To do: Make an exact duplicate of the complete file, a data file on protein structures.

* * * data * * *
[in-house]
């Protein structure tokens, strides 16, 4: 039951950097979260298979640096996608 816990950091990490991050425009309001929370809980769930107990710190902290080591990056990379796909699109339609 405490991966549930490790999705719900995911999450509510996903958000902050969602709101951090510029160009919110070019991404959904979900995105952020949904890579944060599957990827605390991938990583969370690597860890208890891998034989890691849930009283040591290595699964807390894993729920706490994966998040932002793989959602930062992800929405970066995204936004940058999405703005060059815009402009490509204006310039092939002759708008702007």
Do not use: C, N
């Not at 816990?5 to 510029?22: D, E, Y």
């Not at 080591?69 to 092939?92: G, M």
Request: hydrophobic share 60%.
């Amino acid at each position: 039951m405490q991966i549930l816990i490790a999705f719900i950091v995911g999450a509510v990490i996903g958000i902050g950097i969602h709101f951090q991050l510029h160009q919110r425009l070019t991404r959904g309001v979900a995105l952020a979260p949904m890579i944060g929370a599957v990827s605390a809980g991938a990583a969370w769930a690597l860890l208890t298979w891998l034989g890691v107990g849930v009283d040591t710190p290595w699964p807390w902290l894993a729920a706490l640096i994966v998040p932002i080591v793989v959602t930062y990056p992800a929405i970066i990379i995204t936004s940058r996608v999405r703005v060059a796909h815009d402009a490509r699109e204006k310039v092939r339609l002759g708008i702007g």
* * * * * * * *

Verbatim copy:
[in-house]
């Protein structure tokens, strides 16, 4: 039951950097979260298979640096996608 816990950091990490991050425009309001929370809980769930107990710190902290080591990056990379796909699109339609 405490991966549930490790999705719900995911999450509510996903958000902050969602709101951090510029160009919110070019991404959904979900995105952020949904890579944060599957990827605390991938990583969370690597860890208890891998034989890691849930009283040591290595699964807390894993729920706490994966998040932002793989959602930062992800929405970066995204936004940058999405703005060059815009402009490509204006310039092939002759708008702007």
Do not use: C, N
């Not at 816990?5 to 510029?22: D, E, Y």
């Not at 080591?69 to 092939?92: G, M």
Request: hydrophobic share 60%.
């Amino acid at each position: 039951m405490q991966i549930l816990i490790a999705f719900i950091v995911g999450a509510v990490i996903g958000i902050g950097i969602h709101f951090q991050l510029h160009q919110r425009l070019t991404r959904g309001v979900a995105l952020a979260p949904m890579i944060g929370a599957v990827s605390a809980g991938a990583a969370w769930a690597l860890l208890t298979w891998l034989g890691v107990g849930v009283d040591t710190p290595w699964p807390w902290l894993a729920a706490l640096i994966v998040p932002i080591v793989v959602t930062y990056p992800a929405i970066i990379i995204t936004s940058r996608v999405r703005v060059a796909h815009d402009a490509r699109e204006k310039v092939r339609l002759g708008i702007g």